21:19 benzrf kk
21:19 whartung A credit card company handling 100's of millions of transcations a day, not really appropriate to use a self describing text based payload, for example
21:20 benzrf its just that every time you say that it seems contextually kind of backhanded, like "oh its not necessary, doing things ACTUALLY WELL is too hard a lot of the time"
21:20 benzrf alright tyvm for explaining things
21:20 benzrf later, possibly!
21:20 whartung well, if it was easy then there's no real excuse to not do it, right? For example, I get to leverage the reliabiity of TCP because it's "easy" rather than doing my own checksums etc.
21:20 whartung I don't use UDP for a reason
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21:21 whartung scared another one off...
21:21 whartung "Don't let that door sla….never mind"
21:21 sfisque lolz
21:22 fumanchu_ the architectural epiphany is that what "done well" means is always a delineation of tradeoffs in nonfunctional requirements
21:22 whartung I like that, I'm going to stick with that UDP analogy for a biut...
21:22 whartung right
21:54 pdurbin whartung is so crunchy
21:54 * whartung grabs a handful of pretzels and carrots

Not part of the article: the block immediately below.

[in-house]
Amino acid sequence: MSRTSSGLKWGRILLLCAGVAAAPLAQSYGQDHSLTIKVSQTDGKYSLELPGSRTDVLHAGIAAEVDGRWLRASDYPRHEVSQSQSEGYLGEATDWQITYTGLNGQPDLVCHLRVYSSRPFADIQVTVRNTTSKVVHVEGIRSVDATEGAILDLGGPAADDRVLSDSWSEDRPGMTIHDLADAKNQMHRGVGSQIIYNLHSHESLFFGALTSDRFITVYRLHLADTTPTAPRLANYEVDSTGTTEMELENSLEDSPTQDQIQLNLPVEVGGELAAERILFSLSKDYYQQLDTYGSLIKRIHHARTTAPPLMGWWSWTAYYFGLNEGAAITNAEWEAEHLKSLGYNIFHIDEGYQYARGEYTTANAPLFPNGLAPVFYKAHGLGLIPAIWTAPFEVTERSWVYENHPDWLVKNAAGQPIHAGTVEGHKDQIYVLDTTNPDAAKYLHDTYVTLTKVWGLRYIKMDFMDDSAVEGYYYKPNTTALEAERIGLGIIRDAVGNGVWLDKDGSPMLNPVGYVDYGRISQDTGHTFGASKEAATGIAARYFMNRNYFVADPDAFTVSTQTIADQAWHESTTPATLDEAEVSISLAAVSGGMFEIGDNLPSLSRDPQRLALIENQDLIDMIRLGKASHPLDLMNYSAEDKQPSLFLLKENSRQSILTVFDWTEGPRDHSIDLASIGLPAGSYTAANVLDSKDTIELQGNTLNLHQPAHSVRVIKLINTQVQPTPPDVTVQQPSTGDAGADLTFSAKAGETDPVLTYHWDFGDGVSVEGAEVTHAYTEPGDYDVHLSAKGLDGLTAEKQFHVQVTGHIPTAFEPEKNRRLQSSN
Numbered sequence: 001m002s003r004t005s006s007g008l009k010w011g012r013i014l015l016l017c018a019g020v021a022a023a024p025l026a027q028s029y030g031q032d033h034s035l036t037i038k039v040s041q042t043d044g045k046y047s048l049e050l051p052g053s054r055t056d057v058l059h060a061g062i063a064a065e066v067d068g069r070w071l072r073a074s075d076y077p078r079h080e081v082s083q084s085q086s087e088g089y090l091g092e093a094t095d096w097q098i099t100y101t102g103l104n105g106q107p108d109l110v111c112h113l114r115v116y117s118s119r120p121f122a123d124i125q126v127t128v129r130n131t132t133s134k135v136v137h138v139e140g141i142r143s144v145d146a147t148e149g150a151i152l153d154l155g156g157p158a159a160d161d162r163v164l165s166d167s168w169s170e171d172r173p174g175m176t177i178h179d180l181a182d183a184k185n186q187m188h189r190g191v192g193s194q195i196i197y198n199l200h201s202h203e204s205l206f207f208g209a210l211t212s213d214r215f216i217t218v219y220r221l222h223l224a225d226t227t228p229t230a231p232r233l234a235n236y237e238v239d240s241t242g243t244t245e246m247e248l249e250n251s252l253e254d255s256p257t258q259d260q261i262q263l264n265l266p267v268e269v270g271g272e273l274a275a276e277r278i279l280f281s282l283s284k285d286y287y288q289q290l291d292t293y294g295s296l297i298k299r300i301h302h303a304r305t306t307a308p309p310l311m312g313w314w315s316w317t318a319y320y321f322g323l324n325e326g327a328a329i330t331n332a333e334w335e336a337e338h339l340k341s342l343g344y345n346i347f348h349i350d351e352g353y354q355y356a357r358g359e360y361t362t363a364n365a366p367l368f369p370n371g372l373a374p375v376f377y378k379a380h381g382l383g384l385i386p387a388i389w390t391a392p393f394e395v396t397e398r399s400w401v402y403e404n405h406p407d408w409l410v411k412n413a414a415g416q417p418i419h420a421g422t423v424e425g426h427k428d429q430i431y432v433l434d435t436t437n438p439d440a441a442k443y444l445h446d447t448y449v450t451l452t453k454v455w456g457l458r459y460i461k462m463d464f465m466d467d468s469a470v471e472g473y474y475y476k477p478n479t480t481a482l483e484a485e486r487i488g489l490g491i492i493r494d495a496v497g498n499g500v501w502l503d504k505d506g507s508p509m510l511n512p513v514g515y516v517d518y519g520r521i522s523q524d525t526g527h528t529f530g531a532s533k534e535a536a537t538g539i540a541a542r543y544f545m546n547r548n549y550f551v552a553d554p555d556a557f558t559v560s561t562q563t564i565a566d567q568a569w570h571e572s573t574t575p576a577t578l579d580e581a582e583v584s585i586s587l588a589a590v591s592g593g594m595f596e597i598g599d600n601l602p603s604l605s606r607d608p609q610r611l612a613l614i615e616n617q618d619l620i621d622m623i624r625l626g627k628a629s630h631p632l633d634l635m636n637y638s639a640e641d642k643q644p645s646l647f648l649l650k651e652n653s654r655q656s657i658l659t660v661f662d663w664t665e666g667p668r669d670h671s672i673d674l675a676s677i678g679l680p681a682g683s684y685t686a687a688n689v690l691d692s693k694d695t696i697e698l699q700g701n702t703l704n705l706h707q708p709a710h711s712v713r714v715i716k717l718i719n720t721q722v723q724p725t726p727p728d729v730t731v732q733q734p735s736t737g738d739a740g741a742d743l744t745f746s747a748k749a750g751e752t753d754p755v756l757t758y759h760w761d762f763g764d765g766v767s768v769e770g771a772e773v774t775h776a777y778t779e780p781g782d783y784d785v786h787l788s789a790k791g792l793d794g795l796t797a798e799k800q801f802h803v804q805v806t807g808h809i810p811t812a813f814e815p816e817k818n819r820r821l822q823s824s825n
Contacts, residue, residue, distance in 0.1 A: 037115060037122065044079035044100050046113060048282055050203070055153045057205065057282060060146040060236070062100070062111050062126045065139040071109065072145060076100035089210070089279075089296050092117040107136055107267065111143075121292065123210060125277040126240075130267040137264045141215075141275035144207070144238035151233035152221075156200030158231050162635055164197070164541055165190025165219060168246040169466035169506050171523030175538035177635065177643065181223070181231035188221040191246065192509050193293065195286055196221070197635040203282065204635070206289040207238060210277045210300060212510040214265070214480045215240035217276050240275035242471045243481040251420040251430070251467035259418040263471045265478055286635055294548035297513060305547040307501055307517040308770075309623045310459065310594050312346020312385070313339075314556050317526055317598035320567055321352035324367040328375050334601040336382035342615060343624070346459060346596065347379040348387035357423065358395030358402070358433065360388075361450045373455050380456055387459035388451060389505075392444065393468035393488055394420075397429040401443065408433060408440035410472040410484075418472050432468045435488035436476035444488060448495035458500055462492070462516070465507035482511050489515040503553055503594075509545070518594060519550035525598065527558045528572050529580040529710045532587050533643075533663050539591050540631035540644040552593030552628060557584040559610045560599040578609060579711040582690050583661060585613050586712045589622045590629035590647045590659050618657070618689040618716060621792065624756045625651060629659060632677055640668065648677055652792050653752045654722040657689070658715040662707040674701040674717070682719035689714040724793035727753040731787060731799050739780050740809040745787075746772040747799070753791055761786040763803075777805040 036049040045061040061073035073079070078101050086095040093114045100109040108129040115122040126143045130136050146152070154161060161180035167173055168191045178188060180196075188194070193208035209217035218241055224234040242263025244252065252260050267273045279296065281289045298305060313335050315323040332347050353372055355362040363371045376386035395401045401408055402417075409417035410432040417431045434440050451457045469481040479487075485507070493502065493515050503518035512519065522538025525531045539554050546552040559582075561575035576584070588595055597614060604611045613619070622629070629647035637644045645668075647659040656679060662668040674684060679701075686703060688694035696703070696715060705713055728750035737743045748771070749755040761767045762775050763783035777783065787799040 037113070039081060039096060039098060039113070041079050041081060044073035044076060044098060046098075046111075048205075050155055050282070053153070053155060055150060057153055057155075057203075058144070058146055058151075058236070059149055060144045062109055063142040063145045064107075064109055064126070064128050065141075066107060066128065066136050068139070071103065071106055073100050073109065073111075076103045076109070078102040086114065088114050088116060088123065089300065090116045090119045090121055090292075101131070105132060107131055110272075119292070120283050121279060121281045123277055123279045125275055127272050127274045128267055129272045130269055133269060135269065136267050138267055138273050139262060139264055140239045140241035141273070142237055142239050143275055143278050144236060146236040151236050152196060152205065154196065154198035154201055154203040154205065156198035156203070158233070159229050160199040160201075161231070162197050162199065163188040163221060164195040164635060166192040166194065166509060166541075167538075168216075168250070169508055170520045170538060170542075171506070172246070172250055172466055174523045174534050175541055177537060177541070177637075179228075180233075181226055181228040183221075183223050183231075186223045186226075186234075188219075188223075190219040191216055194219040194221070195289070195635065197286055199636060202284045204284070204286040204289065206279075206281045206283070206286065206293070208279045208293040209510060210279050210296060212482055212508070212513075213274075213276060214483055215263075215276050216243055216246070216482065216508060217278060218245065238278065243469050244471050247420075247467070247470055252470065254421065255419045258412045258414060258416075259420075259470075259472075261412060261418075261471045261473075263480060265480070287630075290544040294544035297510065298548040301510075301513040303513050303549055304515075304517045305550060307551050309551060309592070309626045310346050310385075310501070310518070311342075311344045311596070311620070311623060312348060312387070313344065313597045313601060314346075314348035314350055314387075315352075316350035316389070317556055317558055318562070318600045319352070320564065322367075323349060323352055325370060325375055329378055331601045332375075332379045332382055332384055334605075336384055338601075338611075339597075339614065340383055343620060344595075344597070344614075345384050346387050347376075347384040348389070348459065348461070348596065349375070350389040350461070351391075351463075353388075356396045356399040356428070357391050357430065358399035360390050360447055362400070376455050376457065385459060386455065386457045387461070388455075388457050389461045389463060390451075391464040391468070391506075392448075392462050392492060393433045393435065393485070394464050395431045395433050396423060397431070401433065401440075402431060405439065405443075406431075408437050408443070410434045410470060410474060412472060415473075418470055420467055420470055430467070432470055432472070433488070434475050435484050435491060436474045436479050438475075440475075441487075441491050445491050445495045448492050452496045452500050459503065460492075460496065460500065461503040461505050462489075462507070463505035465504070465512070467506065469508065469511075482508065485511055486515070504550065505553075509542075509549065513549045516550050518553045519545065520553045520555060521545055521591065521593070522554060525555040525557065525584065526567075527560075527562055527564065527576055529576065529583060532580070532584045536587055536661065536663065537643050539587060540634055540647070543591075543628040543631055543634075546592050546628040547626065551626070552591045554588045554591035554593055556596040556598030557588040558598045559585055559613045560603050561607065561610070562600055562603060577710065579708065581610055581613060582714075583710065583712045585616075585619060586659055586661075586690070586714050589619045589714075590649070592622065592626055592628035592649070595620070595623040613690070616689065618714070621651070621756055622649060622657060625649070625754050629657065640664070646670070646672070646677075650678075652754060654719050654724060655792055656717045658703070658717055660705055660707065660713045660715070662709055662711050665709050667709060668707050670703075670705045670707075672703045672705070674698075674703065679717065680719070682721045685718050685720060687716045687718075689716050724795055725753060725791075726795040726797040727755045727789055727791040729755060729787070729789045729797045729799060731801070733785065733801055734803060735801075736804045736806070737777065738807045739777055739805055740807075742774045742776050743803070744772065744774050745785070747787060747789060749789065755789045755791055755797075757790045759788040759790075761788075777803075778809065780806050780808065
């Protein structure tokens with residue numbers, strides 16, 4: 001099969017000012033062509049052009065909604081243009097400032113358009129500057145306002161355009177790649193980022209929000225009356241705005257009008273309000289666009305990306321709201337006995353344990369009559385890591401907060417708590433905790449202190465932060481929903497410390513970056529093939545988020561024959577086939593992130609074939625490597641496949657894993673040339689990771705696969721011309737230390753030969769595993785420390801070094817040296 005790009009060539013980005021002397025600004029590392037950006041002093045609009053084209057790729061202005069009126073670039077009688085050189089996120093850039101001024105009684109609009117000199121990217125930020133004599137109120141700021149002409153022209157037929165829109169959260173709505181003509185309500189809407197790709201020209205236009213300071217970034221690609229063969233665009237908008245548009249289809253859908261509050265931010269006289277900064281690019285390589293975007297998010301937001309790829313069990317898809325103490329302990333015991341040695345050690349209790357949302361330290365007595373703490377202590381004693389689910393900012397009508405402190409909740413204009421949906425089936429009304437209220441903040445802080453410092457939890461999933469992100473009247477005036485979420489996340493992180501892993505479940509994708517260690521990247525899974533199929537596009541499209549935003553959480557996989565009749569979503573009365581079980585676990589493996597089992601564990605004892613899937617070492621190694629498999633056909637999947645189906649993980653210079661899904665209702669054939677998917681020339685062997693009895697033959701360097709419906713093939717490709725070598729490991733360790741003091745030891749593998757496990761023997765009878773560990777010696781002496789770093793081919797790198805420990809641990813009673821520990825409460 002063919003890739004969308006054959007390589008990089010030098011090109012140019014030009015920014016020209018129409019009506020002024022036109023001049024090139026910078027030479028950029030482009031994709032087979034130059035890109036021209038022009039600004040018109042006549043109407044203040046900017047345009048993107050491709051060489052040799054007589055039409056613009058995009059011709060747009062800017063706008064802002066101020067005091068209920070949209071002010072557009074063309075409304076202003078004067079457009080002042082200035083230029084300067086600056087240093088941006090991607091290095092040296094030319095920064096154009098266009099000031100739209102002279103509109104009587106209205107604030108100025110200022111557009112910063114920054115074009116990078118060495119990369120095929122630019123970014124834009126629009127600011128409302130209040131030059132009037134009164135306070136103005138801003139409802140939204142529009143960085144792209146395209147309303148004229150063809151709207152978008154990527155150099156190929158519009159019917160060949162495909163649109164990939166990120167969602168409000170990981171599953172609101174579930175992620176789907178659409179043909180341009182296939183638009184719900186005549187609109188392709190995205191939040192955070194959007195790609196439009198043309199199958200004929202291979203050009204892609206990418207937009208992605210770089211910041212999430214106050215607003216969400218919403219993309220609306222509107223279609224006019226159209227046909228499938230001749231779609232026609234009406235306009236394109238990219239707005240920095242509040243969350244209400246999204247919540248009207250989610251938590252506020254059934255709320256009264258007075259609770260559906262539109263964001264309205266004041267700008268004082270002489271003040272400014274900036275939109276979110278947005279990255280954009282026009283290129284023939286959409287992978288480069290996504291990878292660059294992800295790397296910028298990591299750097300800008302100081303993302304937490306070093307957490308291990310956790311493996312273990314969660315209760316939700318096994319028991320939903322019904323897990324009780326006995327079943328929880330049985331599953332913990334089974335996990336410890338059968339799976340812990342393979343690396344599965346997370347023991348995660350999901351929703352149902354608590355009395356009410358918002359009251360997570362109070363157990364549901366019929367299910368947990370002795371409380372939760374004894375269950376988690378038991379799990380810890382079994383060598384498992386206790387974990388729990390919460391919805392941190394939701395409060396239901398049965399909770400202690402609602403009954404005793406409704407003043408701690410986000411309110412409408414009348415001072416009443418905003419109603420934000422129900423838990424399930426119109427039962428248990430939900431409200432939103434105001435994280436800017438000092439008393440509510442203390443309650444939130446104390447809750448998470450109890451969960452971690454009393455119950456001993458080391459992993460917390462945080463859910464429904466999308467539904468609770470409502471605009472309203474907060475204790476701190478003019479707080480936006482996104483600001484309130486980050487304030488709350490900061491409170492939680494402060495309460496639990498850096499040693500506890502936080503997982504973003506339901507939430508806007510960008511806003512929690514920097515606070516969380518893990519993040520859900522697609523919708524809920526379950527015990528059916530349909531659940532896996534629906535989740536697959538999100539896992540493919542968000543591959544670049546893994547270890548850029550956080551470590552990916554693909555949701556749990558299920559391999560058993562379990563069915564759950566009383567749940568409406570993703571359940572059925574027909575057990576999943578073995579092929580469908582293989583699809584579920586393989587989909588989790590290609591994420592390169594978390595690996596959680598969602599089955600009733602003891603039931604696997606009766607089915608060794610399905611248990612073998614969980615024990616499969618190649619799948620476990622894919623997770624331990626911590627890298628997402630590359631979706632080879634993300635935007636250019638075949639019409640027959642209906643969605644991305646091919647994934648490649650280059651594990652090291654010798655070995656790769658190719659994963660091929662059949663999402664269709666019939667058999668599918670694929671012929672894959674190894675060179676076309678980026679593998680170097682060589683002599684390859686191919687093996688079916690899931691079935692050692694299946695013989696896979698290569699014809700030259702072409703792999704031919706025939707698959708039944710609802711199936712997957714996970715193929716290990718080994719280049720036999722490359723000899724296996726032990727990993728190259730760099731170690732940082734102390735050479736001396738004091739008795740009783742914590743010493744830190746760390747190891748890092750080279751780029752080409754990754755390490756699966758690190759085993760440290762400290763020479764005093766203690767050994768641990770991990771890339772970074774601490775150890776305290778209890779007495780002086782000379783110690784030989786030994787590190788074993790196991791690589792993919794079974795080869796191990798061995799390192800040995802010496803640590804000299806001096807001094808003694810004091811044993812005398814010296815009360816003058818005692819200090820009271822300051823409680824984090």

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22:06 whartung was my analogy no good?
22:06 sfisque i think he was referring to my paraphrase
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22:26 pdurbin whartung: good analogy. sfisque is the one who called you crunchy :)
22:27 * whartung looks knowlingly at the celery
22:27 sfisque actually, i was referring to my explanation.  i guessi could have said that clearer
22:28 sfisque aka, my paraphrase was the crunchy version of what whartung was analogizing
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22:55 pdurbin ah
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#rest on freenode has been logged here from May 2014 until end of July 2018 but logging has been suspended because the channel has been riddled with spam since August 2018 with no end in site. See the following blog posts about the problem:

Until the spam problem has been dealt with and logging can resume, please visit our wiki at https://trygvis.io/rest-wiki/

Thanks.